4. Each facility or real property used to house and each vehicle used to transport workers must be described in the application. Housing and transport vehicles for MSPA-covered workers must be authorized for use on the FLC's certificate of registration prior to use. Each driver of a vehicle transporting MSPA-covered workers must have an FLC or FLCE (Farm Labor Contractor Employee) certificate of registration that specifically authorizes driving (see II(A) above concerning expiration dates of FLC or FLCE certificates).

5. Prior to granting approval on a temporary labor certification application, the employer must submit a signed, written assurance that all registrations, permits, and/or other required licenses for vehicles, housing, or drivers will remain valid during the entire period of use.

D. Employers have the option of filing a single master application covering multiple itineraries or separate applications for each itinerary where the tree planting or related reforestation work will begin. Alaska, Hawaii, and the U.S. territories may not be included in multi-state itineraries.

1. Employers are permitted to develop and file an itinerary under the following conditions:

a. If the itinerary includes worksite locations covering multiple SWAs, the employer may submit a single application to the SWA where the itinerant employment will begin. In those instances where the start dates for each worksite location in the itinerary are exactly the same, the employer may submit a single application to any one of the SWAs covered by the itinerary. If the employment crosses NPC jurisdictions as well, the NPC that has jurisdiction over the SWA where the employment will begin shall process the application.

b. In situations where the worksite locations cover multiple SWAs, the states listed in the itinerary must be contiguous or located within close geographic proximity to one another. Itineraries where the worksite locations cover multiple states over widely separated geographic areas (e.g., Texas, Arkansas, and Idaho, or Georgia, Alabama, and Maine) are not normal to reforestation occupations and will not be permitted. Such itineraries make it extremely difficult for the Department to satisfy its statutory mandate for determining the availability of domestic workers as a predicate to temporary labor certification. An employer who seeks H-2B workers for job opportunities in one or more remote “downstream” states must file separate applications and job orders for those locations.

c. The employer must submit a signed and dated itinerary to the SWA with its application and include the following information:

  • The names, physical addresses, telephone numbers, and wages offered in each worksite location. If no physical address and/or telephone number is available, the employer must provide as much geographic detail as possible (e.g., county/city/township/state corresponding to the itinerary time-frame) regarding the location of the crews performing the work;
  • The total number of crews' and total number of workers in each crew; and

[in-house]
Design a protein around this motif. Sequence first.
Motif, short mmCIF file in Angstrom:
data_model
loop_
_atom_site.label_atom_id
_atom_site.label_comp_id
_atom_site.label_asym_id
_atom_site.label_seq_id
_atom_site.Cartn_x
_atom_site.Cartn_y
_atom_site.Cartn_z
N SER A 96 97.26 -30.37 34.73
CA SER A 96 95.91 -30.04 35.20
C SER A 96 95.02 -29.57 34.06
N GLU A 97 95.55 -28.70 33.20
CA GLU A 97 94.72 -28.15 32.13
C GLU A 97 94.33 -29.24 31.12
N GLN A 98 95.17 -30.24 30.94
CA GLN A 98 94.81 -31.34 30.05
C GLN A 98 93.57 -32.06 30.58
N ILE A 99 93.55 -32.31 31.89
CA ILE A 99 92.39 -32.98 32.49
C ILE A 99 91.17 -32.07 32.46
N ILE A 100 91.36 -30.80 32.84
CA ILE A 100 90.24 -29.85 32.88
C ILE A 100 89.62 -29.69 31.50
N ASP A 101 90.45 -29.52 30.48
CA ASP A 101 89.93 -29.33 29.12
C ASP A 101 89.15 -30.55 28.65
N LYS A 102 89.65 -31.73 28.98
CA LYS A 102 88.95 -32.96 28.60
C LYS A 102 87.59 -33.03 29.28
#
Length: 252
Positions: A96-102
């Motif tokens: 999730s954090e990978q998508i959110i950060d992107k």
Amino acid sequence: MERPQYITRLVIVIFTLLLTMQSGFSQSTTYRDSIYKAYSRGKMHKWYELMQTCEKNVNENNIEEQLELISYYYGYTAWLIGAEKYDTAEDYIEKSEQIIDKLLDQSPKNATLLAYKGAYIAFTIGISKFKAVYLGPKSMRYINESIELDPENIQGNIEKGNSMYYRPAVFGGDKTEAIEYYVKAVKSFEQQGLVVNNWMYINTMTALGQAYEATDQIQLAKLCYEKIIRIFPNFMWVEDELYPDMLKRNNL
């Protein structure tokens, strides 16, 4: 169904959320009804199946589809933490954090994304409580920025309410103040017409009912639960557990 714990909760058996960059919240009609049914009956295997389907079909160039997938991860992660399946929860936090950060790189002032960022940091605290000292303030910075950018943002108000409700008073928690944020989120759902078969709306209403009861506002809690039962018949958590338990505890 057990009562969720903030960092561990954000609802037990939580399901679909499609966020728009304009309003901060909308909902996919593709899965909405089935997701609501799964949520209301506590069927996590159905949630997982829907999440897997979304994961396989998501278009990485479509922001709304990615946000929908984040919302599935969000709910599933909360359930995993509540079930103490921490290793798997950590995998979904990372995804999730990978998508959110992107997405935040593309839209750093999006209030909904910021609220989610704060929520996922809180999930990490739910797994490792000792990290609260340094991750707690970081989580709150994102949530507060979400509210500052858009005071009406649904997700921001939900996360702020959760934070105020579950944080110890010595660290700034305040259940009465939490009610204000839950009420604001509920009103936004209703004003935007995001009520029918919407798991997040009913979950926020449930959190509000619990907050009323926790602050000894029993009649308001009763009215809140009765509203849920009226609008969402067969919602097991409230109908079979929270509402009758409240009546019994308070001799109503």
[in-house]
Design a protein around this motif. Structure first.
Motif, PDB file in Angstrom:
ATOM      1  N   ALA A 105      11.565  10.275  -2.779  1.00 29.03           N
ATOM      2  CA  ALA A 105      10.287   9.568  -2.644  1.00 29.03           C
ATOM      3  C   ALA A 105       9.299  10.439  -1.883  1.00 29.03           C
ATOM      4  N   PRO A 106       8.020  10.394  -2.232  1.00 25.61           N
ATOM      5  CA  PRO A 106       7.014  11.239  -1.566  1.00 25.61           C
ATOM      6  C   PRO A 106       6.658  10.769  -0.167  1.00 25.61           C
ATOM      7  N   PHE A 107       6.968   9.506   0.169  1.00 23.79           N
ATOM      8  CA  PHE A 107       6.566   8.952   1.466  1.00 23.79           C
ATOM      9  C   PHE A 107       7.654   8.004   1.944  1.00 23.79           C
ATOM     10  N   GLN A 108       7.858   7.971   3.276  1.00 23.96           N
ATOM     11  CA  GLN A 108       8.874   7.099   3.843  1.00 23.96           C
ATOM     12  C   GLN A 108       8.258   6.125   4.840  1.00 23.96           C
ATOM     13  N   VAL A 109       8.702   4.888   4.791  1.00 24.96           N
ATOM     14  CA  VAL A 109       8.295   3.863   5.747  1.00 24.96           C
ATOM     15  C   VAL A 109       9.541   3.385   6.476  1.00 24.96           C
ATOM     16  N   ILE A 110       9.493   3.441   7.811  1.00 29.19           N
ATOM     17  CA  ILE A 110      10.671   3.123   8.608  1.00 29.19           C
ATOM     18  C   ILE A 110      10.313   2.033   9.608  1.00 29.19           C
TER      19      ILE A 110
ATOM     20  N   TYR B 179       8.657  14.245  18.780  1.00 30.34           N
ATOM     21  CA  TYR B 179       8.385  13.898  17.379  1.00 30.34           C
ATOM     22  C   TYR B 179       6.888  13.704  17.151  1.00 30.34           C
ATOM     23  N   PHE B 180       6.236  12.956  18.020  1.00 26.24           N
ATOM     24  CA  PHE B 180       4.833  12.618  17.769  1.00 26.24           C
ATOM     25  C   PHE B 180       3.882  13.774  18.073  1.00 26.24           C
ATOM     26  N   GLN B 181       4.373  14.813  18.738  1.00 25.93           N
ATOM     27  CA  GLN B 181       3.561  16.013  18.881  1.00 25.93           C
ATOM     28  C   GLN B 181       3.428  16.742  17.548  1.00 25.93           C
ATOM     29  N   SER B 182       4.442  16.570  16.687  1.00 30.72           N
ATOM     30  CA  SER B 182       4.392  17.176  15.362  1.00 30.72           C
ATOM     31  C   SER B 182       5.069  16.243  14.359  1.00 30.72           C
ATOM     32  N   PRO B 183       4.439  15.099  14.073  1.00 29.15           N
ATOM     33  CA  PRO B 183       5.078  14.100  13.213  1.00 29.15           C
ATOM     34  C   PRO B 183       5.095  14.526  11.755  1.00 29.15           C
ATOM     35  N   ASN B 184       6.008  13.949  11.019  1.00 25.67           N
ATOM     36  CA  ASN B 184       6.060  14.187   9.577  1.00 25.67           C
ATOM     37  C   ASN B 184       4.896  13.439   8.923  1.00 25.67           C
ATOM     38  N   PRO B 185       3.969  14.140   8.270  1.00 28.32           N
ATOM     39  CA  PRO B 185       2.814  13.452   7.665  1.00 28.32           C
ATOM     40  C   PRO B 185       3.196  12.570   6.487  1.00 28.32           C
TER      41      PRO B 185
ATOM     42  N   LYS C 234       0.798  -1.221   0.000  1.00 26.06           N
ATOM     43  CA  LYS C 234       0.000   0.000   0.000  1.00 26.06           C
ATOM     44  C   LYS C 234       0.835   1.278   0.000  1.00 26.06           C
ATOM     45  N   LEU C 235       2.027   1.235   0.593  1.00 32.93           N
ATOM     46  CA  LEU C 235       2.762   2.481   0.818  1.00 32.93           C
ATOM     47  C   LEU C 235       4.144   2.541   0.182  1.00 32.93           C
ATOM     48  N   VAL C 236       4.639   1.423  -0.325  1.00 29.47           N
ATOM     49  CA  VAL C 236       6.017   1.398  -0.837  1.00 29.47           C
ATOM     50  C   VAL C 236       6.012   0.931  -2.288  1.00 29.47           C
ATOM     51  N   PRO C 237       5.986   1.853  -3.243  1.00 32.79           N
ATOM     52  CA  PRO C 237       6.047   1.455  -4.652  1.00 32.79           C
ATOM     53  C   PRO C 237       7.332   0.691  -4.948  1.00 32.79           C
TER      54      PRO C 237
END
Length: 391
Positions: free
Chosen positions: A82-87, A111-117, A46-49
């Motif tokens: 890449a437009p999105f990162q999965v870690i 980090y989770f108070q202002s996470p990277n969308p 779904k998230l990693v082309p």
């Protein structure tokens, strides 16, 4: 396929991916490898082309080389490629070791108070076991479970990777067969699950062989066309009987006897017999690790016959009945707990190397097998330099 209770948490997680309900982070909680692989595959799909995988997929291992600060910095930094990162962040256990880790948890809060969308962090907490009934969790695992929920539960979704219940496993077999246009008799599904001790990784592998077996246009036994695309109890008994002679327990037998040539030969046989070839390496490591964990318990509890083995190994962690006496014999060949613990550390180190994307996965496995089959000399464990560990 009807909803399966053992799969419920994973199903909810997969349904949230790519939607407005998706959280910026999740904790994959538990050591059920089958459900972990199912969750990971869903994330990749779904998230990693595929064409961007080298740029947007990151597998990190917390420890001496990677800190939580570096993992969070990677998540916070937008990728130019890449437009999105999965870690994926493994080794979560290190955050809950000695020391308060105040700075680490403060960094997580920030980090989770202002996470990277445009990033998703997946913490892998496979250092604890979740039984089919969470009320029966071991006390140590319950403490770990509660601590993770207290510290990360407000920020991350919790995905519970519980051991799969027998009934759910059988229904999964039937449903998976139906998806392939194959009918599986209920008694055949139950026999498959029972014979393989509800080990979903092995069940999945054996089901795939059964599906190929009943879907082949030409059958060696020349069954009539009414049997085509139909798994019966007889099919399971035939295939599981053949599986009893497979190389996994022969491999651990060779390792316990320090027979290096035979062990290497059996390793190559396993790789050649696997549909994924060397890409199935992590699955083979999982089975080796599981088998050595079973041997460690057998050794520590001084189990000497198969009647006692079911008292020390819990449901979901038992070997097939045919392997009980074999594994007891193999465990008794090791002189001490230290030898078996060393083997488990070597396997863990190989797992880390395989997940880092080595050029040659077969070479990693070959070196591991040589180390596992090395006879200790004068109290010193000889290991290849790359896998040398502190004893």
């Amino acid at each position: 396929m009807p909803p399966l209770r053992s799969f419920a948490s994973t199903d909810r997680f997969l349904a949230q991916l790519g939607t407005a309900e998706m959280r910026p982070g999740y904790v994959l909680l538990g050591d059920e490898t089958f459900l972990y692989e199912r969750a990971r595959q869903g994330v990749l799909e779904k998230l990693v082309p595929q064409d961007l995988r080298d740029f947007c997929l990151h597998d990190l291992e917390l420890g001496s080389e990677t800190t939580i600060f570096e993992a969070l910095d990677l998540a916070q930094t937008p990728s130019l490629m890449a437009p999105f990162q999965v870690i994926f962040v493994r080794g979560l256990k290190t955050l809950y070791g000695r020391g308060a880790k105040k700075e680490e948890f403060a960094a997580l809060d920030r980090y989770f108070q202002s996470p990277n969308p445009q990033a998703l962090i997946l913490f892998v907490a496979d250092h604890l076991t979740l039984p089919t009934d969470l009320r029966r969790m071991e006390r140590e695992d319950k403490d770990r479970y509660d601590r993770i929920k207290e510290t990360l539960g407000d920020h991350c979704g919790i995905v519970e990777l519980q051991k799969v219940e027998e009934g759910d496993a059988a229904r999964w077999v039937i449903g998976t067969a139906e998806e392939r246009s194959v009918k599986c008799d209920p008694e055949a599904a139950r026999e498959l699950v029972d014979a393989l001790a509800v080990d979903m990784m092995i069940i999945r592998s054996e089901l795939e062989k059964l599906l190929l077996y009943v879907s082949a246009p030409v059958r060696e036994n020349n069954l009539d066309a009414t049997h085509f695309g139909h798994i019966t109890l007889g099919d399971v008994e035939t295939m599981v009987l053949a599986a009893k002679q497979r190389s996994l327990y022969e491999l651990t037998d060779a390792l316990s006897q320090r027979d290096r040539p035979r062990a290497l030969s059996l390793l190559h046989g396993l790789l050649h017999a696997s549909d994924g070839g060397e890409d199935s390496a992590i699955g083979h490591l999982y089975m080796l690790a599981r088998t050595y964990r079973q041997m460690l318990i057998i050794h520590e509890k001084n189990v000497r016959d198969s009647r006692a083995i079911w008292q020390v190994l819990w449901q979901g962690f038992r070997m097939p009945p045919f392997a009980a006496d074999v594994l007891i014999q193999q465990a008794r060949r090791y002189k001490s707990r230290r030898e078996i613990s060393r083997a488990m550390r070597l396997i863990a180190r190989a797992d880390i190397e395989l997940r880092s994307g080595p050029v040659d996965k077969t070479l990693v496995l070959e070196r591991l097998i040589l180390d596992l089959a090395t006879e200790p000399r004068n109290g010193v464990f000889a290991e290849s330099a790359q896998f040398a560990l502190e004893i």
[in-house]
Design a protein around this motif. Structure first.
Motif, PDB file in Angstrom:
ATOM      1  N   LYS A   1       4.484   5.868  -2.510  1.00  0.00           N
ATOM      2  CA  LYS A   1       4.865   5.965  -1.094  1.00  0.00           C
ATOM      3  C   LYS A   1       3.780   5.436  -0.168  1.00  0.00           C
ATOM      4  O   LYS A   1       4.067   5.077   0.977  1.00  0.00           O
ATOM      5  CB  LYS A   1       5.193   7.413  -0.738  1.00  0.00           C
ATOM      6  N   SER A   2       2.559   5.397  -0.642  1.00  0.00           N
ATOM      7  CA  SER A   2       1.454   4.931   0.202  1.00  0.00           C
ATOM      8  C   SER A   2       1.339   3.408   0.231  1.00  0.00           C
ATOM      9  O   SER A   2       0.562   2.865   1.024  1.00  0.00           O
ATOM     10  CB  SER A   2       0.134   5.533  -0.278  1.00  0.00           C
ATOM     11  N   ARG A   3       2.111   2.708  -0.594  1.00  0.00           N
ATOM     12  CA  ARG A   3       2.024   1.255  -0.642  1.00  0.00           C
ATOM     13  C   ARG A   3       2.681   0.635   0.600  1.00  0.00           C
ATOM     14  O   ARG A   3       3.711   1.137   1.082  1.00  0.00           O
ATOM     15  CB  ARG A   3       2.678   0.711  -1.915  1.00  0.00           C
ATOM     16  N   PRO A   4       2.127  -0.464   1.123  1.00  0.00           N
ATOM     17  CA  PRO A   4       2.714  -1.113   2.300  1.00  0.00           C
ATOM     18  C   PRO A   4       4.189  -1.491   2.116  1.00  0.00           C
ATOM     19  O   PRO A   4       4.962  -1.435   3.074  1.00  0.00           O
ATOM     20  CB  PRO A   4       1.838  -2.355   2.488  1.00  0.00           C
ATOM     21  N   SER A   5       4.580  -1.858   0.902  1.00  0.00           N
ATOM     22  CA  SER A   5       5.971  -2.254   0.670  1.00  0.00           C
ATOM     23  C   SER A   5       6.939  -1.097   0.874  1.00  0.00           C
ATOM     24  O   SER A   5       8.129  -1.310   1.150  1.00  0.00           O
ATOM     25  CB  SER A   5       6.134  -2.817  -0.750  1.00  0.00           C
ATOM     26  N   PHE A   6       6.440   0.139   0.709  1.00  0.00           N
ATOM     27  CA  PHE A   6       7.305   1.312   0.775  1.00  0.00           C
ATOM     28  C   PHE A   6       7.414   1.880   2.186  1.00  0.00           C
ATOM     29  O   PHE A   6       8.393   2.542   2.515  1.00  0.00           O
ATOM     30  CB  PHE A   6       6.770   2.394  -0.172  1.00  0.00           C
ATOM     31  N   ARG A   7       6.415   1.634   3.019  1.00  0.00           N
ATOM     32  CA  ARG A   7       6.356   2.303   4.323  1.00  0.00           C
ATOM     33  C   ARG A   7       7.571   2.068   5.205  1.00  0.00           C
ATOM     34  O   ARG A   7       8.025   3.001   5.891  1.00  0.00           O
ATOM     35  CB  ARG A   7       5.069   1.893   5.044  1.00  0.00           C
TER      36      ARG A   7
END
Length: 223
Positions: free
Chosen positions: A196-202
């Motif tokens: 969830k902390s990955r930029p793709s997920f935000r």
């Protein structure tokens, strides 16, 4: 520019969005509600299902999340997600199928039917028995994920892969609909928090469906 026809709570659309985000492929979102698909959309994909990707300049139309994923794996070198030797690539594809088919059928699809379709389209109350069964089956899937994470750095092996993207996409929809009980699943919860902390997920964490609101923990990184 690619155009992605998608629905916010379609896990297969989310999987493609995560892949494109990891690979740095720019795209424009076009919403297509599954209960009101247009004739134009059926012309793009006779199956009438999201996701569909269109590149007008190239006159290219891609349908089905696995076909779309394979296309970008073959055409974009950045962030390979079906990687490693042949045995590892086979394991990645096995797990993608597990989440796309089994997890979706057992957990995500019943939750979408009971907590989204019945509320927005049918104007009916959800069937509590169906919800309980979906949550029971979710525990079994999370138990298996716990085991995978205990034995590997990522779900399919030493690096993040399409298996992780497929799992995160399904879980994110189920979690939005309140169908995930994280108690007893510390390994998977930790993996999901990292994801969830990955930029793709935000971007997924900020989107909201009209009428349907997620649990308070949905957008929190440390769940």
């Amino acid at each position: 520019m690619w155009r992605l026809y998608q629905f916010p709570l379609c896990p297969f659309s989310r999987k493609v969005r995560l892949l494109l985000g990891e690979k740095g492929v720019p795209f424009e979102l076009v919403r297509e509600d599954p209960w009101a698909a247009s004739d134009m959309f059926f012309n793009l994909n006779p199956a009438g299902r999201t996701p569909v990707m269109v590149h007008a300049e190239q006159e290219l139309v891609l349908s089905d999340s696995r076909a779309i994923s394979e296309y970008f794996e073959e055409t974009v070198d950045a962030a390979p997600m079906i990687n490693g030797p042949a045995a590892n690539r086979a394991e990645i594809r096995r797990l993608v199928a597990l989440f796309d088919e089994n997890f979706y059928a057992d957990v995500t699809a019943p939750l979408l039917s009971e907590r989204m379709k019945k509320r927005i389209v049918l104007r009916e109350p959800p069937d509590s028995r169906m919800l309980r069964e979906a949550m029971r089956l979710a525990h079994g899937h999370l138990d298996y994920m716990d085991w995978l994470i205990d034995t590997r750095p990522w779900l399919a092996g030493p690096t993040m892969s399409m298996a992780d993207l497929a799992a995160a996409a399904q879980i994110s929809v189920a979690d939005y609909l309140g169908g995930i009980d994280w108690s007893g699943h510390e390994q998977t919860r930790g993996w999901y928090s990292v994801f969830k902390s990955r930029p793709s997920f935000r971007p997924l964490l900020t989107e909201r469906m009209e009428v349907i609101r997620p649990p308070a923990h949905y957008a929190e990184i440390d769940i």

• The estimated start and end dates of work in each worksite location. Since the work of tree planting and related reforestation occupations are dependent on climatic conditions, the precise ending dates and subsequent contracts may not be defined at the time of placing a job order.

2. Employers are permitted to file a single master application for multiple itineraries under the following conditions:

a. When examining the starting locations of each itinerary, the master application must be filed with the SWA where the largest number of job opportunities is being requested on the itineraries included in the master application. If the employment crosses NPC jurisdictions as well, the NPC that has jurisdiction over the SWA where the employment will begin shall process the application.

b. The application must consist only of crews working for a single employer.

c. The total range of the crews start dates cannot be more than 14 calendar days apart.

III. Special SWA Processing Instructions

A. SWAs should accept agent designations on the ETA Form 750, which is similar to filing procedures under the H-2A program. The employer's application to the SWA must include a copy of the “Agent Agreement” or similar document to substantiate that specific authority has been granted to the agent. (Note: As under the H-2A program, an “agent” who meets the definition of an FLC under MSPA (see II(A) and II(C)(1) above) must be registered as an FLC with ESA prior to engaging in any farm labor contracting activity. “Recruiting” and “soliciting” are farm labor contracting activities. If the employer is represented by an attorney, the attorney Start Printed Page 36507must file a Notice of Appearance (G-28) with the application package.

B. SWAs must review all itineraries to ensure each is normal to tree planting and related reforestation occupations (i.e., it is prevailing practice to start in a particular area; what type of itineraries are normal for contracts and the H-2B program), and contact the appropriate NPC Certifying Officer when they receive an itinerary that may not reflect prevailing practice.

C. Employers can require tree planter workers to perform minor related reforestation job activities such as tree seedling pulling, thinning, seed cone gathering, and pine straw gathering. These activities must be stipulated in the application and job order to apprise workers of the full scope of possible job duties.

D. A job opportunity containing a wage offer below the prevailing wage will not be accepted. In accordance with TEGL 21-06, the SWA shall determine the prevailing wage, guided by the regulations at 20 CFR 656.40 and in accordance with Employment and Training Administration, Prevailing Wage Determination Policy Guidance, Non-Agricultural Immigration Programs, Revised May 9, 2005.